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Dirty Bomb Ingredients Stolen From Chernobyl, According To Reports

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Dirty Bomb Ingredients Stolen From Chernobyl, According To Reports

A new report claims that radioactive materials stolen from Chernobyl could potentially be used to create a devastating 'dirty bomb'.

During the Russian invasion of Ukraine, looters from the invading nation seized deadly materials from a laboratory near the site of the 1986 nuclear disaster, according to Science.

Dirty bombs are one of the most feared weapons in terms of the amount of damage they can inflict. Created by mixing nuclear matter with conventional explosives, bombs of this nature contaminate the detonated area long after the initial explosion.

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With this in mind, they are highly unpredictable, and extremely difficult to contain, as the radioactive materials travel far and wide in the aftermath.

Using a dirty bomb in a war situation would therefore be highly likely to affect civilians, even if they aren't the intended target.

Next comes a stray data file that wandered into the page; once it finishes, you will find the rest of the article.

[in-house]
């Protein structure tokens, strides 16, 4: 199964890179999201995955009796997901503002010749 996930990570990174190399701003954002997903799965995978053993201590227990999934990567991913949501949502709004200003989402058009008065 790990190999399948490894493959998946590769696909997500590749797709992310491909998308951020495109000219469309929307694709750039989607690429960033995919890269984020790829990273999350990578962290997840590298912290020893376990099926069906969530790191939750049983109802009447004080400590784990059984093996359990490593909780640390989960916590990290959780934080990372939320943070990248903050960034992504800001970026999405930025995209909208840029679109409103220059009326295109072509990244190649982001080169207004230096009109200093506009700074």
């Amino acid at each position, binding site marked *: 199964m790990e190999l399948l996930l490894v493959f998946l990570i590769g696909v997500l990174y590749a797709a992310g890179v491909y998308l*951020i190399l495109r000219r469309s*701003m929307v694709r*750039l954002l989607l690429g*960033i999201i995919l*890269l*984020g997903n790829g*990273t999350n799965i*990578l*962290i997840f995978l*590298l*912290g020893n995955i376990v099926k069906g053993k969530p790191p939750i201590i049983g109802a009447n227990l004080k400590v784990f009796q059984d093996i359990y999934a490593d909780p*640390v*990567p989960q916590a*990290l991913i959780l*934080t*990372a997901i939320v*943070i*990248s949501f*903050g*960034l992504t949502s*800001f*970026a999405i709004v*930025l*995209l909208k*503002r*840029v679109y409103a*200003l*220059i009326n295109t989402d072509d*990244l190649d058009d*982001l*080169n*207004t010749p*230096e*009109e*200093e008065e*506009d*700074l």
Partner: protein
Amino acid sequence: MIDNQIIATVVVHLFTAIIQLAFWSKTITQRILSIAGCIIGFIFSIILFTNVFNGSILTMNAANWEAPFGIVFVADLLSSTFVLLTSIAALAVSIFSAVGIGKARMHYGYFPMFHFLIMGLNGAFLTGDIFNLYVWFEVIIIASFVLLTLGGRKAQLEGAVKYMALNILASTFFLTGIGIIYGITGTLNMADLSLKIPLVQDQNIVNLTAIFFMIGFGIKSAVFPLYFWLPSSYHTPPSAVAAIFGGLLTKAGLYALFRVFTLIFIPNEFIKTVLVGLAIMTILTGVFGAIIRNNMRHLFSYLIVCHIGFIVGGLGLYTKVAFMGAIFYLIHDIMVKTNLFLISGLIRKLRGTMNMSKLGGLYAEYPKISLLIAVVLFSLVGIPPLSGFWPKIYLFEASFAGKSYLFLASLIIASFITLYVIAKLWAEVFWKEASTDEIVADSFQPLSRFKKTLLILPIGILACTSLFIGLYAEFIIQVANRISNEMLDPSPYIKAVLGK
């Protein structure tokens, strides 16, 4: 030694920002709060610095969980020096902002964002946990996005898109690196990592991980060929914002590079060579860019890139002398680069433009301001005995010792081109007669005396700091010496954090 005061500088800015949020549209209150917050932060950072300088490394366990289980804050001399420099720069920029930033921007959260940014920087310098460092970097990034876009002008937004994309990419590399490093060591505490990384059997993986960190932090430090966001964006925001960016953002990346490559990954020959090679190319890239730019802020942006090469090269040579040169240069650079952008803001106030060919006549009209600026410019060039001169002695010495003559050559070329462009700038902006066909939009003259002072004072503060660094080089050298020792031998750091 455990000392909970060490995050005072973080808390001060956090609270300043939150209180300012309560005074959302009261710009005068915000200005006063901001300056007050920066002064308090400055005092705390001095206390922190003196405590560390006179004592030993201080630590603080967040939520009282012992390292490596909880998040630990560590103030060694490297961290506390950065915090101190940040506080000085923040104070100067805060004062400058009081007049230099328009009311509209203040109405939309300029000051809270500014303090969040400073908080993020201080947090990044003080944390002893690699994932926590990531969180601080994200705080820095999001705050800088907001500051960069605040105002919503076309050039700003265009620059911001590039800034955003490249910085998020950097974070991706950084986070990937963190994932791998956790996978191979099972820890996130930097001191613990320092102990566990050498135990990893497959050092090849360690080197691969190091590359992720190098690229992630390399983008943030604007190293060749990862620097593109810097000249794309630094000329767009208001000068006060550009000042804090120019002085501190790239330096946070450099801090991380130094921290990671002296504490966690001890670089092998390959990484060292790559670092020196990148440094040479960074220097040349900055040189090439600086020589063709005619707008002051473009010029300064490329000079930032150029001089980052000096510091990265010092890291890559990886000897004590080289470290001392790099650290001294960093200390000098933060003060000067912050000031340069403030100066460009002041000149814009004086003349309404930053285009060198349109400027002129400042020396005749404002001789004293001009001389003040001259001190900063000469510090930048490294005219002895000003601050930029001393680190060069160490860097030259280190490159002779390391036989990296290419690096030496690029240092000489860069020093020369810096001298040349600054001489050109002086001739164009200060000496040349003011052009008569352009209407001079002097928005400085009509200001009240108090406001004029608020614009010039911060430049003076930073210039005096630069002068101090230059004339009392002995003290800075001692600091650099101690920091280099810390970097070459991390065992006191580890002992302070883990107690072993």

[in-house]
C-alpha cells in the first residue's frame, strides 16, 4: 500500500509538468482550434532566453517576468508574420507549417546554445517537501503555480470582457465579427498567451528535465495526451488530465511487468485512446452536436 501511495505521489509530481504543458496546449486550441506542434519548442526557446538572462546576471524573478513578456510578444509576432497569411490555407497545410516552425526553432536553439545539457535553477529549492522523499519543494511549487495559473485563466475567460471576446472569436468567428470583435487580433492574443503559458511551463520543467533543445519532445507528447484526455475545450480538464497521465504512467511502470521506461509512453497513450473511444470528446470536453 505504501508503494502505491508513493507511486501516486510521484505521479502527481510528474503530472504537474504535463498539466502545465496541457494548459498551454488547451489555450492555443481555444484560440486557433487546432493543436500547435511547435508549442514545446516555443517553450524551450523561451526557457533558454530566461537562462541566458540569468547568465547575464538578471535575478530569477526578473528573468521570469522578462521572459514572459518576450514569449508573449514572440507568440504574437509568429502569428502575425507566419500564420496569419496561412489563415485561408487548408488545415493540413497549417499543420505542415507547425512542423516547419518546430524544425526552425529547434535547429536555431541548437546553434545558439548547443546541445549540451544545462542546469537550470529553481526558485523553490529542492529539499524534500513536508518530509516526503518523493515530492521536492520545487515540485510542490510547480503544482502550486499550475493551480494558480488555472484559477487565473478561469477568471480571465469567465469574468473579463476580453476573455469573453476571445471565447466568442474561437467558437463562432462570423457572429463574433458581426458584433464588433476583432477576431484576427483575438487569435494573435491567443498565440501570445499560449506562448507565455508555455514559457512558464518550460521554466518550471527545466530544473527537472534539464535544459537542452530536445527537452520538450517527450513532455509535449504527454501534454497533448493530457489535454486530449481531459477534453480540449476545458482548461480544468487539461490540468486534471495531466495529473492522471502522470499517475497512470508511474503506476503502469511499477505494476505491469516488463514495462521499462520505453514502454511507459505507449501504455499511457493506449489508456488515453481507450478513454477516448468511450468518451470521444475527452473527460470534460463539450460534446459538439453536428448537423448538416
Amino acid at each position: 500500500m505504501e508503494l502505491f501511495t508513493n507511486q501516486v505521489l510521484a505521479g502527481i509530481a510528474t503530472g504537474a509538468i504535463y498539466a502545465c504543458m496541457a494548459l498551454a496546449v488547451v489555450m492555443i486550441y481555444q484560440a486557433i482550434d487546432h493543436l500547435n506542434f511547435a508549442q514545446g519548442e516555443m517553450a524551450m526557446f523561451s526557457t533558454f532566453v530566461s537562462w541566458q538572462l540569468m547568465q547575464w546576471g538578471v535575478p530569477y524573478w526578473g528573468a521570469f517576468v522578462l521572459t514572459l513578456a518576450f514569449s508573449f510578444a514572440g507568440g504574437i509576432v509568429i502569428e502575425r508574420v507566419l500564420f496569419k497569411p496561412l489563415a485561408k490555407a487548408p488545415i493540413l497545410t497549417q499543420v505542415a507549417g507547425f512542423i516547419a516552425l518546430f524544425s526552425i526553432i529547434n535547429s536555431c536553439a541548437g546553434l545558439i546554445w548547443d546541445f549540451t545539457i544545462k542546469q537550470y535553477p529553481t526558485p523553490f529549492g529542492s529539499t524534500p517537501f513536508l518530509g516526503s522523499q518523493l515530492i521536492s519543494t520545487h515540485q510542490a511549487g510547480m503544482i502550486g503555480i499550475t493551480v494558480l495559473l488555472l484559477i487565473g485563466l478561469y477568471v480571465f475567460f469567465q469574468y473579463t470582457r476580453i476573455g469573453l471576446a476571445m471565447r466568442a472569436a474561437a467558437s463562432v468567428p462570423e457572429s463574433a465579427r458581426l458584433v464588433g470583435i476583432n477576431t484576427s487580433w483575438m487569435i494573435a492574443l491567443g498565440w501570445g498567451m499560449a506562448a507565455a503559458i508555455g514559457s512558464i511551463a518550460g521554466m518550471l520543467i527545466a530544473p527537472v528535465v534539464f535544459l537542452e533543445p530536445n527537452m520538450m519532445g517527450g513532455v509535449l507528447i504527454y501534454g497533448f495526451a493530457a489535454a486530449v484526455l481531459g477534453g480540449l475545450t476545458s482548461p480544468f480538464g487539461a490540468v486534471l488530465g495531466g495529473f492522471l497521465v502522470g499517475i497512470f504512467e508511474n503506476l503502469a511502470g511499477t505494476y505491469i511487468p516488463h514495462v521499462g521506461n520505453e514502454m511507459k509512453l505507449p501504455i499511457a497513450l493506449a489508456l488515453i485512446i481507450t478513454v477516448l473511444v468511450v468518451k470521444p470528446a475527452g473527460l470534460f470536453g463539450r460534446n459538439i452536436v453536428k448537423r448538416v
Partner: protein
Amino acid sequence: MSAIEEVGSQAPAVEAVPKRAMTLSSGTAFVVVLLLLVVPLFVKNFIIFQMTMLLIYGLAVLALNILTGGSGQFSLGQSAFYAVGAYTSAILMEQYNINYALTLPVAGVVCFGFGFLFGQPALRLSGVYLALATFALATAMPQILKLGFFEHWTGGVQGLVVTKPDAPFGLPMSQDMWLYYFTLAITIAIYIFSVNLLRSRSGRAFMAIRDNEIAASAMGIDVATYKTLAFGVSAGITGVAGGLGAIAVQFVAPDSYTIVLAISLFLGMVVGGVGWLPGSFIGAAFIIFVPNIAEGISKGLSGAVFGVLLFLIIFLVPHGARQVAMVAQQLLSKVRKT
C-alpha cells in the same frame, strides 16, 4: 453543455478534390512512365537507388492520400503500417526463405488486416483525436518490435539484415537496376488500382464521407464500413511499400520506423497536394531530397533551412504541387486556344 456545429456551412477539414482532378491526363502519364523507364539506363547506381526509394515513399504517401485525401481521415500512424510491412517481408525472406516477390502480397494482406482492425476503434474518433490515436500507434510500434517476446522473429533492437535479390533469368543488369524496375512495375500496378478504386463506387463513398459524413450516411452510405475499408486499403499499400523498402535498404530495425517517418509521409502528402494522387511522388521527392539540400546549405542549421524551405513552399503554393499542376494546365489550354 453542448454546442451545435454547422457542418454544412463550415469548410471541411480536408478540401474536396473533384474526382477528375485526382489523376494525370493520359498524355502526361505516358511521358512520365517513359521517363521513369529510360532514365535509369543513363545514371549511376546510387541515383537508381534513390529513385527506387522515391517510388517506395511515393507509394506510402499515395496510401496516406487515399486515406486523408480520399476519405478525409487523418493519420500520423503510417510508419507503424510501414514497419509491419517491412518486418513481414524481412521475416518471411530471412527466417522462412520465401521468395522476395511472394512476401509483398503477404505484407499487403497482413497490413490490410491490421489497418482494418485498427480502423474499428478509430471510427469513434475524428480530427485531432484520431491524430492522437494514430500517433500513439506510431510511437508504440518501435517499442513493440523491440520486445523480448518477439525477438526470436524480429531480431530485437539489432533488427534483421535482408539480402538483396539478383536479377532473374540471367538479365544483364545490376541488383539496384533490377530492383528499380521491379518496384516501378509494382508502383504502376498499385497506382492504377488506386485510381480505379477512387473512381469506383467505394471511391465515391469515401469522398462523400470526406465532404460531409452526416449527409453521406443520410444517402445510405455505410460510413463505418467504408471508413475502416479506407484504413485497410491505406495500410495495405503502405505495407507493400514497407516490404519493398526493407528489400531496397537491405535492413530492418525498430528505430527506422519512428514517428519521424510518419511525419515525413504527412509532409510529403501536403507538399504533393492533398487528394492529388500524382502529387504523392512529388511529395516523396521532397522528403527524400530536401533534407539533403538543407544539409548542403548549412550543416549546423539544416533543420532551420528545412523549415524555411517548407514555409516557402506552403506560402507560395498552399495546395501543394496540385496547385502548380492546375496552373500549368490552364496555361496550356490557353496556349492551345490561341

A soldier at the Chernobyl Nuclear Plant (Alamy)
A soldier at the Chernobyl Nuclear Plant (Alamy)

Russia seized control of the Chernobyl nuclear site shortly after President Vladimir Putin's invasion of Ukraine. Situated in the east of the country, there were fears from the outset that the actions of the Russian forces could lead to a nuclear related catastrophe down the line.

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Chernobyl is still an active site following the 1986 disaster, where a reactor exploded, releasing a considerable amount of airborne radioactive contamination. In response, the nearby city of Pripyat was left abandoned, following one of the worst nuclear accidents in history.

The site today is still riddled with radioactivity and while the original nuclear plant has since been sealed by a dome-like structure, concern remains over the conduct of the Russian troops currently present there.

Several experts claim Russian forces cut power to the disaster site since the invasion, and have reportedly impeded efforts to put out fires in the nearby area, though electricity was later restored to the plant.

Chernobyl power plant, Ukraine. Credit: Alamy
Chernobyl power plant, Ukraine. Credit: Alamy
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The perilous situation at Chernobyl shows the danger of a world with more and more nuclear material, much of it reportedly unaccounted for.

“There are a lot of radioactive sources that are not on anyone’s radar,” nuclear security expert Vitaly Fedchenko, at the Stockholm International Peace Research Institute, told Science.

One can only hope that the ongoing ceasefire talks between both parties have the desired outcome.

Featured Image Credit: Alamy

Topics: Technology, Chernobyl, Russia, Ukraine, Vladimir Putin

Tom Fenton
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